Three words I never thought I’d be typing on this blog: Juan Pablo Escobar. In among all the crime fiction authors here in Oslo for Krimfestivalen, there has been one exception to the rule: the son of one of the most notorious criminals the world has ever seen. Juan Pablo is here in Norway to promote his book Pablo Escobar: My Father and he has been a big draw – last night he commanded the stage alongside other big names at the Osly Nye Centralteatret, and today he formed a one-man guest panel. (It should also be noted that the likes of Anne Holt, Arne Dahl and half an hour of crime-based improvisational comedy were also part of the theatre program.) The session was packed. There seems to be a real interest in the man and his life, and you could hardly move – it was easily the most attended session here at Krimfestivalen. But it felt strange to me: the Colombian drug wars of the 1980s and Pablo Escobar’s empire feel like a world away from Norway, and Escobar Jnr was someone I was genuinely not expecting to encounter. No matter, it was fascinating stuff and the crowd was rapt so I’ve combined the two sessions and tried to summarise them both.
The subject both moderators were keen to probe was that of his feelings towards his father. JP – I’ll cal him that from now on in – said that even though he was aware of his father’s supreme ruthlessness and criminal career, he had unconditional love for him. My job was to be his son, he said, not his judge.
He then went through when he knew what his father really was. He was seven years old and they had had to escape north to Panama and seek refuge at General Noriega’s house (as you do) because he had just taken out the minister for justice (as you did). While they were watching the news stories on television about the killing, Pablo Escobar turned to his young son and told him that he had been responsible for the killing and that he was a bandit. Young JP still wasn’t quite sure what this meant, but he now knew his dad was a baddad.
He went onto say that daily life at the Escobars, although full of love, was fraught with danger – they were constantly on the move because of revenge threats from rival gangs and capture from the US agencies who were on their tail. JP also said that the more powerful and rich his father got, the poorer they lived. (He didn’t expand on this, but I found that point interesting.)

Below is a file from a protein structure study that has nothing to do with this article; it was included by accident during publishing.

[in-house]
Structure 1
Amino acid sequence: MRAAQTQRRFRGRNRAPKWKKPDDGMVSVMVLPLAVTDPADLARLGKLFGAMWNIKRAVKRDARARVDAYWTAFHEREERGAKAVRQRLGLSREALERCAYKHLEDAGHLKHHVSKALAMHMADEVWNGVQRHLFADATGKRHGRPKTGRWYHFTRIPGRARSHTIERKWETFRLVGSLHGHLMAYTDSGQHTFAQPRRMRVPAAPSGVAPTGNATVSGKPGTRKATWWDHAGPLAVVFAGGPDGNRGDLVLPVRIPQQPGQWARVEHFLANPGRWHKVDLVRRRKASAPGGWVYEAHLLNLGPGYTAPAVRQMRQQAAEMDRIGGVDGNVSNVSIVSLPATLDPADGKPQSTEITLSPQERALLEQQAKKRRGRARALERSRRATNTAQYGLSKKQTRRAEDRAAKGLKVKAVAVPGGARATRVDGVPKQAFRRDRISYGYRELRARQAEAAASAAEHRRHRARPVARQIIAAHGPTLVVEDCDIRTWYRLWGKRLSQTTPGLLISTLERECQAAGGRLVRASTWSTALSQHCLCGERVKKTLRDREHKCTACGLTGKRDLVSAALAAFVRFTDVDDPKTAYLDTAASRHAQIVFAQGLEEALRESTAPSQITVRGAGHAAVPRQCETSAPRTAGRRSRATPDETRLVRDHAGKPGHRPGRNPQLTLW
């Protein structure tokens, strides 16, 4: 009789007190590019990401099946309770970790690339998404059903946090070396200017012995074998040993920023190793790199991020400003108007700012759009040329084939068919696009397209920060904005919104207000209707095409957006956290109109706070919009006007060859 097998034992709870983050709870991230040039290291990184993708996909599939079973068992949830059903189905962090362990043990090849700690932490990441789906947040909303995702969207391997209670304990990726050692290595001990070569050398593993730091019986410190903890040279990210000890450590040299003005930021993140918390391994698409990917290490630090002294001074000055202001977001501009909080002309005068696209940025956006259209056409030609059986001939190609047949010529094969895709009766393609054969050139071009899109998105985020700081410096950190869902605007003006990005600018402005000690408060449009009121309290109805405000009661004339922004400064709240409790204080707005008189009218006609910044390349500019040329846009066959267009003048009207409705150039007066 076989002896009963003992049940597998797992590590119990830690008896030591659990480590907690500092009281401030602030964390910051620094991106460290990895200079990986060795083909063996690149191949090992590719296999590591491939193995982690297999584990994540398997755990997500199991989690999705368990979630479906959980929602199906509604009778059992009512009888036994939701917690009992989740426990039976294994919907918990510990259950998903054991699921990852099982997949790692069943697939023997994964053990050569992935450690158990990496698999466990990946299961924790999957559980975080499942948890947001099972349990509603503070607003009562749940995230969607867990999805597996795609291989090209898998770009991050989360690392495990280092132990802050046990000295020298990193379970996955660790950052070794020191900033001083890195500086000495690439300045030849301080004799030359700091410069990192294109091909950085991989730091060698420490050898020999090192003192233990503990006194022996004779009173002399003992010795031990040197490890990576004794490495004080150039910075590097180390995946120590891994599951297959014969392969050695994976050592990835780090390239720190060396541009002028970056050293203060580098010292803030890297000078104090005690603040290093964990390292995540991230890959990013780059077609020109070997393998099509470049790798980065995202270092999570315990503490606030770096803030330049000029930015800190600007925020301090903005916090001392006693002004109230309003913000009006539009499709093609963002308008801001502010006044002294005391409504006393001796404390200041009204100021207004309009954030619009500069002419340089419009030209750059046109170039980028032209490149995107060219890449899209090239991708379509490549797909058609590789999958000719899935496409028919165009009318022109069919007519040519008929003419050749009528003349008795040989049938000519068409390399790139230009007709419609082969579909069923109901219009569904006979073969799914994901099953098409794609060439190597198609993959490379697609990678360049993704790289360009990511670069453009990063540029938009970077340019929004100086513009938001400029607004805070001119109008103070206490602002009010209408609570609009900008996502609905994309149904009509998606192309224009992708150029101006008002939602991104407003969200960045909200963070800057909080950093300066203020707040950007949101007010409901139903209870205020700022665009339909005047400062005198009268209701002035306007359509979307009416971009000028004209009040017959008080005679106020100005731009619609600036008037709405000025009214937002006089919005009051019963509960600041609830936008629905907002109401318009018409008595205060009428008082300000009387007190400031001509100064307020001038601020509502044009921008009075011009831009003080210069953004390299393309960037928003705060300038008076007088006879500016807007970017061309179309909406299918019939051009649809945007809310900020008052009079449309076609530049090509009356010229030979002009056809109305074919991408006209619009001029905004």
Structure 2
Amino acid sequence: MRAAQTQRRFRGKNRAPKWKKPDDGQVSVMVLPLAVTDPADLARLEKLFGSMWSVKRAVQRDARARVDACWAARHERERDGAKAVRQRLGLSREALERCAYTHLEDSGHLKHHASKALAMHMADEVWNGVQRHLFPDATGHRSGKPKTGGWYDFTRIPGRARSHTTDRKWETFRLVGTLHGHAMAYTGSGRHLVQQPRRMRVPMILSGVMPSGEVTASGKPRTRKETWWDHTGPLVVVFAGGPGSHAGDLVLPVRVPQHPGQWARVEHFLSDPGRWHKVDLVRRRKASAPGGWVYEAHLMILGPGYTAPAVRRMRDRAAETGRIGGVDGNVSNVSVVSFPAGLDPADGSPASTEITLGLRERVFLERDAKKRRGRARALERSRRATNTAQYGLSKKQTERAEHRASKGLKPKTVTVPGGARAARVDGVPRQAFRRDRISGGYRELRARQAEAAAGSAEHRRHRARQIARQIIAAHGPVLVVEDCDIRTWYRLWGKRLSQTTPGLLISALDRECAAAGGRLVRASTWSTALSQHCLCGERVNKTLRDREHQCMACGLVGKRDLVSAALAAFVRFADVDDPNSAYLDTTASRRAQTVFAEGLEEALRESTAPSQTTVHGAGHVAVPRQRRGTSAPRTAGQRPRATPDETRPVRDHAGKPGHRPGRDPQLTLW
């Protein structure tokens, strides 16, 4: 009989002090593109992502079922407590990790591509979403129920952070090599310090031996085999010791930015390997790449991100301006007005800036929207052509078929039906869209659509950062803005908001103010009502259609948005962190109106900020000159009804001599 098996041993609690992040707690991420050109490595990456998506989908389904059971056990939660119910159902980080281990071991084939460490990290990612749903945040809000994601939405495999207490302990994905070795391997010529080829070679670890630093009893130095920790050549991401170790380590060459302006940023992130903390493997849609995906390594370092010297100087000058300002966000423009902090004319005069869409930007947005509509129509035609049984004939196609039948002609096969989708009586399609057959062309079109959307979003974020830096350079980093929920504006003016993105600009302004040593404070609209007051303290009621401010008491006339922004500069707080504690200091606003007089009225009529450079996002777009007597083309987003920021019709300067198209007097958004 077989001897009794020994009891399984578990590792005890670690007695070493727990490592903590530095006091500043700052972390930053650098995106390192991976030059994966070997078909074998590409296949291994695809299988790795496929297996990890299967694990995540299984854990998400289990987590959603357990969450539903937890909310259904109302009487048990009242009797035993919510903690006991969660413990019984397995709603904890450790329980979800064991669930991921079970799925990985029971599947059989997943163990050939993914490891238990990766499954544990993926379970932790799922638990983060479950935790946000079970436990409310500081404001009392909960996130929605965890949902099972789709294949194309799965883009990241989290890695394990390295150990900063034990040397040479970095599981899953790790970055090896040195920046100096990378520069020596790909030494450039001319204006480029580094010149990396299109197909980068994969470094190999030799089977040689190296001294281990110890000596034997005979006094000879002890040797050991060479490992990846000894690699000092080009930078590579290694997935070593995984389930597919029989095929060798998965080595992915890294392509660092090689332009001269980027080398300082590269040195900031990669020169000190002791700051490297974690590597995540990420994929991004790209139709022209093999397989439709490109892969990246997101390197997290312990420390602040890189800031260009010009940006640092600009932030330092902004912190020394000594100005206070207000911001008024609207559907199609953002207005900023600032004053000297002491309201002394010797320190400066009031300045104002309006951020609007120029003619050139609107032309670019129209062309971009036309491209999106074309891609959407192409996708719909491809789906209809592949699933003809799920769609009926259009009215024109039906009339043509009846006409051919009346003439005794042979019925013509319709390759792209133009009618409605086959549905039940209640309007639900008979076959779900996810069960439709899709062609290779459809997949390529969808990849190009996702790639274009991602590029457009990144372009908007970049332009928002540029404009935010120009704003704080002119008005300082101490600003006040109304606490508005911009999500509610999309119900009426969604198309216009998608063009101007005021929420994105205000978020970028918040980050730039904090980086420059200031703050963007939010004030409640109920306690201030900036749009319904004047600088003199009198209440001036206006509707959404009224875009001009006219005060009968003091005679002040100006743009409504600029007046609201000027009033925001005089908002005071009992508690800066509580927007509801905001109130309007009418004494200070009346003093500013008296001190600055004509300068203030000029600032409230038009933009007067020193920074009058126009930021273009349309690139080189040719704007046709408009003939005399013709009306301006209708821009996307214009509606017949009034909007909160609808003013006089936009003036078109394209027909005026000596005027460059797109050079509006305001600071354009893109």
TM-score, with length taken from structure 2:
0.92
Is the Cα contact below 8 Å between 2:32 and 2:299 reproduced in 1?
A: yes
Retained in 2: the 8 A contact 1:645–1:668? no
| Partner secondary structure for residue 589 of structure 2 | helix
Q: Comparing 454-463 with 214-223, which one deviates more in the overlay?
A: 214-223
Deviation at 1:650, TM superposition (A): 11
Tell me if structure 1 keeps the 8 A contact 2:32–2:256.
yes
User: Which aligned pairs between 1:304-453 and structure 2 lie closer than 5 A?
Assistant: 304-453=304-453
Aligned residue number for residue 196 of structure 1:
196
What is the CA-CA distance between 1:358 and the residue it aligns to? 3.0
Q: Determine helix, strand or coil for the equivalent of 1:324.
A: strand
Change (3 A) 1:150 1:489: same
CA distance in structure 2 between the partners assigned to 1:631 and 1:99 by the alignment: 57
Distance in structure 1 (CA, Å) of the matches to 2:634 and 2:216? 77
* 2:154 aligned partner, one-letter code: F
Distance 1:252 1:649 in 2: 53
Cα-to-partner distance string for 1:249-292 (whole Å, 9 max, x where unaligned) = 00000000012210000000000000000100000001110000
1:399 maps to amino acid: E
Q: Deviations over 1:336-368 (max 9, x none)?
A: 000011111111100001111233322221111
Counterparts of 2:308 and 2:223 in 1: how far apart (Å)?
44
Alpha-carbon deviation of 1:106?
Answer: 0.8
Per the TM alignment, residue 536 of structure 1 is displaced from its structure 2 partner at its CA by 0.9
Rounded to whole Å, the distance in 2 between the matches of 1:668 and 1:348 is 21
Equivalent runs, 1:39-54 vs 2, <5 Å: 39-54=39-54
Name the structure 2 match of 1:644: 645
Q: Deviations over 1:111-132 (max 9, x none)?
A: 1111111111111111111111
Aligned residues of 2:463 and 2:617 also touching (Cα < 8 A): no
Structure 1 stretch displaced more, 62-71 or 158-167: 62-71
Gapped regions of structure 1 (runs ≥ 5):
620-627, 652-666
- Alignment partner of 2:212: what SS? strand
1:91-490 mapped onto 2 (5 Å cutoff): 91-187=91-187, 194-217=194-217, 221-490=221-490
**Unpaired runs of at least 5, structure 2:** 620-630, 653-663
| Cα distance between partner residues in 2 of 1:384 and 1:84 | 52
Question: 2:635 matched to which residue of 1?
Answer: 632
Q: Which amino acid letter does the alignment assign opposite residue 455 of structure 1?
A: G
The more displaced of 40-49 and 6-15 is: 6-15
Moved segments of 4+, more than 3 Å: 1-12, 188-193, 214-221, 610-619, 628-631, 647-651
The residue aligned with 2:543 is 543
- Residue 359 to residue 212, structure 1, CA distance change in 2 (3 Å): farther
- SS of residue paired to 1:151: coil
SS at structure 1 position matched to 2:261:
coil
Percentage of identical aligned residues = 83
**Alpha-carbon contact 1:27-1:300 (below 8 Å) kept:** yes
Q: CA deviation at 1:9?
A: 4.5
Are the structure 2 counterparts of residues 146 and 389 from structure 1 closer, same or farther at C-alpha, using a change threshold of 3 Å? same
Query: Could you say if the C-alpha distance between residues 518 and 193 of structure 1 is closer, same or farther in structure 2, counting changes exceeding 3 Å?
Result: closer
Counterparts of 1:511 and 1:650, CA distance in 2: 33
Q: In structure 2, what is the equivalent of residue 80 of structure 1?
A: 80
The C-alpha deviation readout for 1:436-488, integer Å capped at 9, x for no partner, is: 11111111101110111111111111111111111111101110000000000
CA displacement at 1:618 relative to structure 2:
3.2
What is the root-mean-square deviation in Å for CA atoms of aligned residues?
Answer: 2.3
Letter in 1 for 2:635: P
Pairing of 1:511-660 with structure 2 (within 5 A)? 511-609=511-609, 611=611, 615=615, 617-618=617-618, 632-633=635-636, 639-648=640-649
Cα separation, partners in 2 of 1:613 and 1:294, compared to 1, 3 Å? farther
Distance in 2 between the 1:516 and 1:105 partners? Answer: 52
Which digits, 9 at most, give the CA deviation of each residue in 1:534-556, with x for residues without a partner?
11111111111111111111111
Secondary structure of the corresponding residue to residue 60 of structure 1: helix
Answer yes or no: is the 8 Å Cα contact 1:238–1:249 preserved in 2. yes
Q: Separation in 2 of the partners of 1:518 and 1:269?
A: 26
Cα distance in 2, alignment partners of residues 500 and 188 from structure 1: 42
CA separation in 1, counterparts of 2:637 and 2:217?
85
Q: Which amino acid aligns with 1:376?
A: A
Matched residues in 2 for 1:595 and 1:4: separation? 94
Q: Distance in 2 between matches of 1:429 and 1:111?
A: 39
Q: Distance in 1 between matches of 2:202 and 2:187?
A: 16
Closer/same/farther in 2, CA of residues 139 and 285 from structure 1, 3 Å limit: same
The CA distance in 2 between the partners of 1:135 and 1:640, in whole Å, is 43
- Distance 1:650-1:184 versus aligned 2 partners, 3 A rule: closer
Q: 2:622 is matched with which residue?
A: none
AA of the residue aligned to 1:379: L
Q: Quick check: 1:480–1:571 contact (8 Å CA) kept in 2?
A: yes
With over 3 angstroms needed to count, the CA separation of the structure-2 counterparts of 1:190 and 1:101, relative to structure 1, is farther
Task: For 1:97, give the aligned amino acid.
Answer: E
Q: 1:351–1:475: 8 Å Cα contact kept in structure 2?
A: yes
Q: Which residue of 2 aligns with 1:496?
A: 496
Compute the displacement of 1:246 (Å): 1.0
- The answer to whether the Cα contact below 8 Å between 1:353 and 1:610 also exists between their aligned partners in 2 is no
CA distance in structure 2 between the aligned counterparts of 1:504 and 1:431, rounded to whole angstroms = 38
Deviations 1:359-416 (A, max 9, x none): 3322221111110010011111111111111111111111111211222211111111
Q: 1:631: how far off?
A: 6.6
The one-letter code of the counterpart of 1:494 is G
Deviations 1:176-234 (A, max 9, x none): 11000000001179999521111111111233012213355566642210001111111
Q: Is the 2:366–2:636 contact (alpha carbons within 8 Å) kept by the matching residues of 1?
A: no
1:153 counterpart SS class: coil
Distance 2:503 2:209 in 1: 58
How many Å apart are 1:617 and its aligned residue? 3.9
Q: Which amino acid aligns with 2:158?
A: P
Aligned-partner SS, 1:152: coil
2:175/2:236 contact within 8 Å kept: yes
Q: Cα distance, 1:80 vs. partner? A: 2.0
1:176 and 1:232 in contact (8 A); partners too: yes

Conversation then turned to his relationship with the Netflix series Narcos, which has become a huge global success. JP explained that during production he had offered the programme makers full access to his father’s archives, which included photographs and letters. They programme makers turned him down and went ahead to produce, JP says, the ‘US establishment’s version of events and not the real truth’. Indeed, JP has written a magazine article listing 27 mistakes the series made in series two. When asked if he had written something for series one, he told the moderator that there wasn’t enough pages to do so.
And so the conversation continued, JP giving more insight into the life of the son of a gangster. He believes vehemently that prohibition of drugs and the war on drugs is the reason why his father was allowed to rise from poverty to gangster superstardom; JP now espouses a peace on drugs approach rather than a war on drugs approach.
After five years of witness protection and anonymity, JP went back to Colombia and made a life for himself outside of crime. He’s now an architect and author, believing he has a responsibility to not only tell his father’s story as a cautionary tale, but also a responsibility to expose the kind of corruption that help his father gain power.
Fascinating stuff indeed.
So that’s from me from Krimfestivalen and beautiful Oslo. It has been a well-organised and varied festival (there aren’t many crime fiction festivals that boast kids activities, the son of a Colombian drug lord and improvisational comedy as part of its program), and it’s been fun to be here.
Normal service resumes tomorrow.